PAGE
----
How to ensure officers like Derek Chauvin do not work in law enforcement

Former Minneapolis police officer Derek Chauvin addresses his sentencing hearing and the judge as he awaits his sentence after being convicted of murder in the death of George Floyd in Minneapolis, Minnesota, U.S. June 25, 2021 in a still image from video. Pool via REUTERS

For nine minutes and 29 seconds, former Minneapolis police officer Derek Chauvin held his knee on the back of George Floyd’s neck until the life left his body. This occurred while dejected onlookers raised visible frustration for what many correctly perceived to be a murder occurring in broad daylight on a major street. While observing, participating, and standing guard, other police officers seemed to be ok with what was occurring or did not have the courage to intervene to stop it and engage in an appropriate duty of care.

After being convicted of second and third-degree murder as well as manslaughter for the killing of George Floyd, Chauvin was sentenced to 270 months (22 years and 6 months). Chauvin will probably serve two-thirds or 15 years of this sentence. While some may view this chapter of police brutality closed, others know Chauvin is the tip of the iceberg regarding changes needed to improve law enforcement.

The city of Minneapolis paid out $27 million to the Floyd family for his wrongful death days before the start of the Chauvin trial in March. During the less than two week trial, police in the United States killed over 60 people. A person could watch a major league baseball game and a basketball playoff game and come to the realization that police probably killed a person at some point during that time span.

Chauvin’s actions were not isolated. Indeed, he did it previously. Since 2015, Chauvin is on record for kneeling on people’s necks and/or putting them in chokeholds at least six times. Of the people involved in these incidents, two were Black, one was Latino, one was American Indian, and two others were of an unknown race. In 2017, Chauvin kneeled on the back of a 14-year-old Black boy for 17 minutes. These incidents make up a small portion of the over 20 complaints that Chauvin received during his 19-year law enforcement career.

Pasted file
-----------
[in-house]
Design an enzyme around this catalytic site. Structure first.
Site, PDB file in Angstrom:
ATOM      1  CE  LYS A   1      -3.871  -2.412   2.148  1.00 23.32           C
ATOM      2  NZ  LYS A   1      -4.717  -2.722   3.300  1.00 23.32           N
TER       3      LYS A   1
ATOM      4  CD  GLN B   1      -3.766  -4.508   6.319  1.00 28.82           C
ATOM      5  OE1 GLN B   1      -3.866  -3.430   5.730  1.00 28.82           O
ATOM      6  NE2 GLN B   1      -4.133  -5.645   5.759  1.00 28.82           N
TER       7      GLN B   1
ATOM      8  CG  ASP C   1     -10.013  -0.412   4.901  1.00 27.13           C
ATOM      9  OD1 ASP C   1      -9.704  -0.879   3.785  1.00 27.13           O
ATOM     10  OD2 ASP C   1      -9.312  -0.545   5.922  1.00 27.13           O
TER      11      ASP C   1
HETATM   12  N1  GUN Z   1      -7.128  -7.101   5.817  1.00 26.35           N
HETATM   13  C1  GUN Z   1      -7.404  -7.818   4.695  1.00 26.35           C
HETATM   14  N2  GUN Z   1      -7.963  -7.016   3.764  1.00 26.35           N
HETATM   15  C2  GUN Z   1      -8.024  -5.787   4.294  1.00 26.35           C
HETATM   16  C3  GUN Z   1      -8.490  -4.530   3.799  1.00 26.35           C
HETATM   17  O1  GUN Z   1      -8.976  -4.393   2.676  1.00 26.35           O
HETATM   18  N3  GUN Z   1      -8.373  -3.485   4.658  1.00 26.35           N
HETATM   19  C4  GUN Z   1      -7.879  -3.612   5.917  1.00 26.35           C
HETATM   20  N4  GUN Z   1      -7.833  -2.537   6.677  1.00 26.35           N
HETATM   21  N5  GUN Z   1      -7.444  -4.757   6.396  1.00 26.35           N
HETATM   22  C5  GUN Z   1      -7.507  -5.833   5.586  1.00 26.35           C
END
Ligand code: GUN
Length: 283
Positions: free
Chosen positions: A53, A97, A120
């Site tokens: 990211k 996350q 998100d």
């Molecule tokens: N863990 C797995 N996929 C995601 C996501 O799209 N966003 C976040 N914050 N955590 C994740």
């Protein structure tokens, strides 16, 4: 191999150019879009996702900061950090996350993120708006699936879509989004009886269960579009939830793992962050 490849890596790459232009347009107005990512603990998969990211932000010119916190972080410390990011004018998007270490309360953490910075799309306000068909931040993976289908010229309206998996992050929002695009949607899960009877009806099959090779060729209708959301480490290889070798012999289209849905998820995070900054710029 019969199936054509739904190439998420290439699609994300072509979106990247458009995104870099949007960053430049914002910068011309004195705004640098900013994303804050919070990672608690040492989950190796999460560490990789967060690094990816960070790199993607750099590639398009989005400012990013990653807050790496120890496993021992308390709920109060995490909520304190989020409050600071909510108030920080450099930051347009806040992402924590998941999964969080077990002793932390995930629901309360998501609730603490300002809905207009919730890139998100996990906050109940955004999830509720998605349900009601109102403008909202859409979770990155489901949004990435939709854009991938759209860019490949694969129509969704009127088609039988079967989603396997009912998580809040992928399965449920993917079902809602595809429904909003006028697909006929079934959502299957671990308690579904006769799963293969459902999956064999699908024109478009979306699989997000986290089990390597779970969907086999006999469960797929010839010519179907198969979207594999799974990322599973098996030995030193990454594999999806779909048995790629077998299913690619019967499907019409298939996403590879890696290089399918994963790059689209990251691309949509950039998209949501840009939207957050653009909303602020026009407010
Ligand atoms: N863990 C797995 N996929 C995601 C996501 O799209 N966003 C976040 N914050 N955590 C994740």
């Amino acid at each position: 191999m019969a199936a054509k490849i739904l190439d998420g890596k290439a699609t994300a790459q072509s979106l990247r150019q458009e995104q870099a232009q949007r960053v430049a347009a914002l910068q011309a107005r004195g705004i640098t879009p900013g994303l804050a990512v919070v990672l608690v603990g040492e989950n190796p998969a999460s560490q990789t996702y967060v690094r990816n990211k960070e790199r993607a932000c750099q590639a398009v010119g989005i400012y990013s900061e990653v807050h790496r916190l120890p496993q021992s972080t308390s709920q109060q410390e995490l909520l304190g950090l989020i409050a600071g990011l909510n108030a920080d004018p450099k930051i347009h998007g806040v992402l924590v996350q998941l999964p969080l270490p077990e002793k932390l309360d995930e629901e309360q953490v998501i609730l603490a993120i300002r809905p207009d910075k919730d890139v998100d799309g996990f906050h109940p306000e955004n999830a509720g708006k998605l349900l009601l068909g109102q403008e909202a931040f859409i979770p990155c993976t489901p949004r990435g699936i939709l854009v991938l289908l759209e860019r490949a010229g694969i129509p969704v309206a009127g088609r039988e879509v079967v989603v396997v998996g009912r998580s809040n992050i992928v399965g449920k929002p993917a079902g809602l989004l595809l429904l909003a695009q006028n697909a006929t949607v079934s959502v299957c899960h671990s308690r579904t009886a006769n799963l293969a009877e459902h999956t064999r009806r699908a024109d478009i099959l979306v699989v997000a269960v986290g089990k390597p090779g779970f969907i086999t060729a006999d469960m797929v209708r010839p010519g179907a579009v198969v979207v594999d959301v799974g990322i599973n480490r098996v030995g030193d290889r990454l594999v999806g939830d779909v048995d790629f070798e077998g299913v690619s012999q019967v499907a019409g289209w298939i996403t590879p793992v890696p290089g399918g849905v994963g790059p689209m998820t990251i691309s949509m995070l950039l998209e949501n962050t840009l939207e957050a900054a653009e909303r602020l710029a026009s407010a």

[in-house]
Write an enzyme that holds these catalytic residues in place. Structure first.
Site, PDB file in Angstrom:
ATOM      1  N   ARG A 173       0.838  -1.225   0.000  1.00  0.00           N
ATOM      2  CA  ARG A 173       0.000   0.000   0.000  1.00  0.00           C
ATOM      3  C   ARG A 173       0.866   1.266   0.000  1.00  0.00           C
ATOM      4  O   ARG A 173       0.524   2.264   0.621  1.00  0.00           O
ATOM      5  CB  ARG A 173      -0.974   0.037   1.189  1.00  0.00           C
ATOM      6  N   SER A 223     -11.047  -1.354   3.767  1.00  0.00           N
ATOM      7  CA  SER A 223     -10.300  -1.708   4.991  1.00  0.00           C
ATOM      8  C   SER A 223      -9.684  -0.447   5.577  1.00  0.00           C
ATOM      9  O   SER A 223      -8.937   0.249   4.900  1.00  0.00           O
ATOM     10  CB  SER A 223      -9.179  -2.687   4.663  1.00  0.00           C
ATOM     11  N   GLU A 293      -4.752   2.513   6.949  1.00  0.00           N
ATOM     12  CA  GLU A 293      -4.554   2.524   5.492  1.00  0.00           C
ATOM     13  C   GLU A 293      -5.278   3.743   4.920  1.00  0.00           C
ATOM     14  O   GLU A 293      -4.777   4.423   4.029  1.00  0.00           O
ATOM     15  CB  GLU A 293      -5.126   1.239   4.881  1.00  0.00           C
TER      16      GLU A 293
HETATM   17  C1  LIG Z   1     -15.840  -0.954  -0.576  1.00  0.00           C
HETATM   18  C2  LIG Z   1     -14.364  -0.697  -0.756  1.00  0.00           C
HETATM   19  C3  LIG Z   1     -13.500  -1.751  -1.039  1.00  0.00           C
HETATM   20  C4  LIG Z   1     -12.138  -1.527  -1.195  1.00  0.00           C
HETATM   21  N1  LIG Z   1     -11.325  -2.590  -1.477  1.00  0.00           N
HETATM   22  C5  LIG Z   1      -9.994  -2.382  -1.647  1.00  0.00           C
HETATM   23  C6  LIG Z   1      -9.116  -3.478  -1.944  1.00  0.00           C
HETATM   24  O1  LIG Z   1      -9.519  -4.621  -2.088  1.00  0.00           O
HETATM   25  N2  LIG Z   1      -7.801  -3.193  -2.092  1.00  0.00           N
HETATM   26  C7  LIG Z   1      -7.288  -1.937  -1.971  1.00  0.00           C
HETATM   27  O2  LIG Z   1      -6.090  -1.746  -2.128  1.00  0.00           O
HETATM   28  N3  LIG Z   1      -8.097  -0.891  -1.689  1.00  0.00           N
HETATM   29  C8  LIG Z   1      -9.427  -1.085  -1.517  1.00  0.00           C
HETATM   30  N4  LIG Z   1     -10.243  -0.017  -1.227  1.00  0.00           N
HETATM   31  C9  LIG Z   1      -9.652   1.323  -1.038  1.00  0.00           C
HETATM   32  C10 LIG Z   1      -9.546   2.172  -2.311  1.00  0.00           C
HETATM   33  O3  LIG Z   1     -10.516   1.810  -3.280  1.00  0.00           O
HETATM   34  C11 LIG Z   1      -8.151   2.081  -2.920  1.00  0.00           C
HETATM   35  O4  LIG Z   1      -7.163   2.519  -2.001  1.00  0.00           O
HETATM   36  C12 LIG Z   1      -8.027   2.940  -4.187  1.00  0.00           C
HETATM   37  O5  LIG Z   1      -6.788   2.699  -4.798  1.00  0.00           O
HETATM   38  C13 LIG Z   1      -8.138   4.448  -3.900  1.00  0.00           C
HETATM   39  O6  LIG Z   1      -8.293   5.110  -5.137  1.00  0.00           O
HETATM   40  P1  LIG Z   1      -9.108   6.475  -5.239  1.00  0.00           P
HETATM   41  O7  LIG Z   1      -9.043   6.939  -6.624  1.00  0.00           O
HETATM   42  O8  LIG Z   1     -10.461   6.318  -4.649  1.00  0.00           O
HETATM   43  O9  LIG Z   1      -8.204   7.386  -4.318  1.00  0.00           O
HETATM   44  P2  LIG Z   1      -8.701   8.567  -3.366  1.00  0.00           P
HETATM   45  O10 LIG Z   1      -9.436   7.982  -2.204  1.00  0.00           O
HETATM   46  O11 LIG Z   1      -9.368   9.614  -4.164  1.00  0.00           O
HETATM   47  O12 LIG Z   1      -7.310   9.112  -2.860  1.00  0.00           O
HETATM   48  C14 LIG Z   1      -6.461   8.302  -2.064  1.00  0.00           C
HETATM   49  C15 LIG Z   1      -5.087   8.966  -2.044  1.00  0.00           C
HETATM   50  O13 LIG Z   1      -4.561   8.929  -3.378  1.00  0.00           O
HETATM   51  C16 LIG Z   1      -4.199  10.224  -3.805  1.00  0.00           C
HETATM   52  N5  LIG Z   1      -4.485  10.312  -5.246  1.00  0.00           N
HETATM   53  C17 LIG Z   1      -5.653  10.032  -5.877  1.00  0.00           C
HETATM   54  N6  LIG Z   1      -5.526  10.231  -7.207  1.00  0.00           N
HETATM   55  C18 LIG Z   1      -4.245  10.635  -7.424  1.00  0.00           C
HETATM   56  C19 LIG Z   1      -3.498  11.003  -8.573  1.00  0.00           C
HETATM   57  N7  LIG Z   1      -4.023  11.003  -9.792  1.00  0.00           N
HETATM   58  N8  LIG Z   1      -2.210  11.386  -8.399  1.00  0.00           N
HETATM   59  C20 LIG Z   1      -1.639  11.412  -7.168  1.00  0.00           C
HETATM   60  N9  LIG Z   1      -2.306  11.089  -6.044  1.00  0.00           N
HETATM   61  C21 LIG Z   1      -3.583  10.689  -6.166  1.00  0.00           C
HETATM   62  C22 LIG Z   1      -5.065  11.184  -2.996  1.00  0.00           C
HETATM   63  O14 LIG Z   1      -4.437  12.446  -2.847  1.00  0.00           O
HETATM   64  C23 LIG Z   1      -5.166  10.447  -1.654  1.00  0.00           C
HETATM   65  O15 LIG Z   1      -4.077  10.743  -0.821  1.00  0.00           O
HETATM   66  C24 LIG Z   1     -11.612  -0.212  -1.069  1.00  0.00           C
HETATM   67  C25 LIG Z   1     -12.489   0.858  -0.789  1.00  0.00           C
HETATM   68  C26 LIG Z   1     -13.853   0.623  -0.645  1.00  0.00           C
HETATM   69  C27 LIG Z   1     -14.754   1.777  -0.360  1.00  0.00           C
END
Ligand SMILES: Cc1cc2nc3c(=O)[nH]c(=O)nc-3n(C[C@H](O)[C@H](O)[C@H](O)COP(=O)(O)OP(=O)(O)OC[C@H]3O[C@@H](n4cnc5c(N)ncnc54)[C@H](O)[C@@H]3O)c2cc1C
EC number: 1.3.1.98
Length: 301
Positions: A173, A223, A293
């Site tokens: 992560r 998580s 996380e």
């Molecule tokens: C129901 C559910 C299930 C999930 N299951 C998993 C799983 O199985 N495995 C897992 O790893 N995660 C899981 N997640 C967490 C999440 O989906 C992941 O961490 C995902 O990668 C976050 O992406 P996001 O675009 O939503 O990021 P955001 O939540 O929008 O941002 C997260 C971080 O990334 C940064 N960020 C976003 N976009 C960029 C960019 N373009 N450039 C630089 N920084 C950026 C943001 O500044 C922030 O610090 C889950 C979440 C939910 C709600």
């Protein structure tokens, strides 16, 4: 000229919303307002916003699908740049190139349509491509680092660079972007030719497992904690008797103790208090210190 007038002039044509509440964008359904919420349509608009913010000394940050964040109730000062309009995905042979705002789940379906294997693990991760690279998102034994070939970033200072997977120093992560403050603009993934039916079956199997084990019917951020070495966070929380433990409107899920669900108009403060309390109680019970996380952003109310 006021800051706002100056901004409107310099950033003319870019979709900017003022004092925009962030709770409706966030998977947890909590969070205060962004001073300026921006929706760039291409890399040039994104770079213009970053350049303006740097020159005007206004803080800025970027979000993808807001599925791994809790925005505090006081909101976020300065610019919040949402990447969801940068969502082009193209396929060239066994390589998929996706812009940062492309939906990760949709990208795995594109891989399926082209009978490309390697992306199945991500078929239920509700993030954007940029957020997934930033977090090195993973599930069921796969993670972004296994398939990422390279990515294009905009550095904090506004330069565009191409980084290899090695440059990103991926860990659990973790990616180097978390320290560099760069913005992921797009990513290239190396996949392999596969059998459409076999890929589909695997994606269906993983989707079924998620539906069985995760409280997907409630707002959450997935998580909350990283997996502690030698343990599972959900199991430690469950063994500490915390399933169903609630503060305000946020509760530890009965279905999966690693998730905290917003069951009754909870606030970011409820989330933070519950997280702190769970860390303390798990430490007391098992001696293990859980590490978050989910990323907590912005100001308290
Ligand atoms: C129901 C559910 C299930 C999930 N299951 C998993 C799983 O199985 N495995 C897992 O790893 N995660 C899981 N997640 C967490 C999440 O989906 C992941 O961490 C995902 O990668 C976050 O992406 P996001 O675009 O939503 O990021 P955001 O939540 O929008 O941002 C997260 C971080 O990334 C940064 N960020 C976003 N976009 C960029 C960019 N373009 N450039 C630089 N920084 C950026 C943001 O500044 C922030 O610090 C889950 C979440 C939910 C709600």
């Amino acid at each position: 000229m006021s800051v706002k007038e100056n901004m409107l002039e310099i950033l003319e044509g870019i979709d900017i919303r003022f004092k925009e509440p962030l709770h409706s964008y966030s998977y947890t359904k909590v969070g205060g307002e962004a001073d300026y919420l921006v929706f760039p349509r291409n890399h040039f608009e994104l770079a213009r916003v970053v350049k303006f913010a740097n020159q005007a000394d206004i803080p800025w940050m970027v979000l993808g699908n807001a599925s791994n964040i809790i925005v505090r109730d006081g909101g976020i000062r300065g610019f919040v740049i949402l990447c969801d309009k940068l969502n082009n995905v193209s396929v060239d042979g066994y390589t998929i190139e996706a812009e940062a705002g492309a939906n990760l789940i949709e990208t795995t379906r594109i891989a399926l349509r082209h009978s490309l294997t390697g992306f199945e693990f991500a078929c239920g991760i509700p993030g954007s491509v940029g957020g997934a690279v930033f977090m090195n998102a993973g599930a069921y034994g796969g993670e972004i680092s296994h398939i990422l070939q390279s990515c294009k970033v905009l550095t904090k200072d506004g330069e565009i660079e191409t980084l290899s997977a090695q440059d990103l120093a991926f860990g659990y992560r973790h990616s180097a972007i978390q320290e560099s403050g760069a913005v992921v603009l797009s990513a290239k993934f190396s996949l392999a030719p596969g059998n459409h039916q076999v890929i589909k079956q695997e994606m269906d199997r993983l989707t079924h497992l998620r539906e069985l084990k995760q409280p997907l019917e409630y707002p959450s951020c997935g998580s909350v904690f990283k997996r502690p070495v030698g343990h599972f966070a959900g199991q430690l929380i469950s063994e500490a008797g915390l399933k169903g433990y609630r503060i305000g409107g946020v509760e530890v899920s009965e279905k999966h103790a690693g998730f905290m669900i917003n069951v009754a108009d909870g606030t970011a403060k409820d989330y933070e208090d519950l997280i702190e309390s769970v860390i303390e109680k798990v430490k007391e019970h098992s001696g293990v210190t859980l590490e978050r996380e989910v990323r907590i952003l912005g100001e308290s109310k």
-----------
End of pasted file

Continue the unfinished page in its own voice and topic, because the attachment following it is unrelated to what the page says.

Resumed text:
These facts may explain why Eric Nelson, Chauvin’s defense attorney, rambled off a series of “what ifs” during the sentence hearing that Chauvin allegedly stated over the past year. The what ifs focused on whether the officer should not have come in to work that day or not responded to the call. Interestingly, none of Chauvin’s what ifs included what clearly is the most important consideration: what if Chauvin pulled his knee off of Floyd’s neck when he stated he could not breathe?

How could Chauvin get away with this brutality for so long? Why didn’t anyone intervene or stop him? Why wasn’t he reprimanded or even fired? Chauvin was not simply a bad apple, but a bad apple that helped rotten the barrel and poison good apples that could have been, like the two early-career officers who watched him kill Floyd and participated in it. For all the good officers protecting and serving their communities, there are more Chauvins than there should be.

So, how should police departments ensure that officers like Chauvin do not brutalize our communities? Overall, accountability must be increased to ensure that these incidents become nonexistent rather than a regular occurrence. Focusing on duty to intervene legislation, malpractice insurance, and positive police outcomes are central.

Implement state-level duty to report programs